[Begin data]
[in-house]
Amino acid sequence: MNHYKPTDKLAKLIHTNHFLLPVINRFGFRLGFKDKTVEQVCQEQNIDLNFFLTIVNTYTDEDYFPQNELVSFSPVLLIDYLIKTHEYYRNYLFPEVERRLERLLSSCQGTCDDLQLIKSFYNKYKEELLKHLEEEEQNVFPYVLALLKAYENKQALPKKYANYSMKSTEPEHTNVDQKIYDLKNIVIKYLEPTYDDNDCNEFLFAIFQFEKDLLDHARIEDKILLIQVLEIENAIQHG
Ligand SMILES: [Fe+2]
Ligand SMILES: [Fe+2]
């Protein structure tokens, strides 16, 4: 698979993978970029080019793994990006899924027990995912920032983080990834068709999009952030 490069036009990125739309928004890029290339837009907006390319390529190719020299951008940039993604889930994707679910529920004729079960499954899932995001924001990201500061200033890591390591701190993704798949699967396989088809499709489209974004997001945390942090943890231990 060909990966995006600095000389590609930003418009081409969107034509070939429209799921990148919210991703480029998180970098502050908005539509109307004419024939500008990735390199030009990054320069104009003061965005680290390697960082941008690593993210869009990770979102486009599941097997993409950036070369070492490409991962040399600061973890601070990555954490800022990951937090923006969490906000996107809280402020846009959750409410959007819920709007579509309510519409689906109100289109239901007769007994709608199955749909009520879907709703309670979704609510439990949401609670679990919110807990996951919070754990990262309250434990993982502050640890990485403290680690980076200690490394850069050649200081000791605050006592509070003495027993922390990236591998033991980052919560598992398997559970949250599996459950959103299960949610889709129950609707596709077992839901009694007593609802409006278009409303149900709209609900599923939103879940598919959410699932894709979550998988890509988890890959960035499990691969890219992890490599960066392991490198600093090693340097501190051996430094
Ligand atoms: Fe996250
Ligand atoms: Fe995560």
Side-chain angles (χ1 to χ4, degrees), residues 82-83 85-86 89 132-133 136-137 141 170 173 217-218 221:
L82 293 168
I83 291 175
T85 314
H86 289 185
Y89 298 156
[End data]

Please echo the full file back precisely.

[in-house]
Amino acid sequence: MNHYKPTDKLAKLIHTNHFLLPVINRFGFRLGFKDKTVEQVCQEQNIDLNFFLTIVNTYTDEDYFPQNELVSFSPVLLIDYLIKTHEYYRNYLFPEVERRLERLLSSCQGTCDDLQLIKSFYNKYKEELLKHLEEEEQNVFPYVLALLKAYENKQALPKKYANYSMKSTEPEHTNVDQKIYDLKNIVIKYLEPTYDDNDCNEFLFAIFQFEKDLLDHARIEDKILLIQVLEIENAIQHG
Ligand SMILES: [Fe+2]
Ligand SMILES: [Fe+2]
């Protein structure tokens, strides 16, 4: 698979993978970029080019793994990006899924027990995912920032983080990834068709999009952030 490069036009990125739309928004890029290339837009907006390319390529190719020299951008940039993604889930994707679910529920004729079960499954899932995001924001990201500061200033890591390591701190993704798949699967396989088809499709489209974004997001945390942090943890231990 060909990966995006600095000389590609930003418009081409969107034509070939429209799921990148919210991703480029998180970098502050908005539509109307004419024939500008990735390199030009990054320069104009003061965005680290390697960082941008690593993210869009990770979102486009599941097997993409950036070369070492490409991962040399600061973890601070990555954490800022990951937090923006969490906000996107809280402020846009959750409410959007819920709007579509309510519409689906109100289109239901007769007994709608199955749909009520879907709703309670979704609510439990949401609670679990919110807990996951919070754990990262309250434990993982502050640890990485403290680690980076200690490394850069050649200081000791605050006592509070003495027993922390990236591998033991980052919560598992398997559970949250599996459950959103299960949610889709129950609707596709077992839901009694007593609802409006278009409303149900709209609900599923939103879940598919959410699932894709979550998988890509988890890959960035499990691969890219992890490599960066392991490198600093090693340097501190051996430094
Ligand atoms: Fe996250
Ligand atoms: Fe995560």
Side-chain angles (χ1 to χ4, degrees), residues 82-83 85-86 89 132-133 136-137 141 170 173 217-218 221:
L82 293 168
I83 291 175
T85 314
H86 289 185
Y89 298 156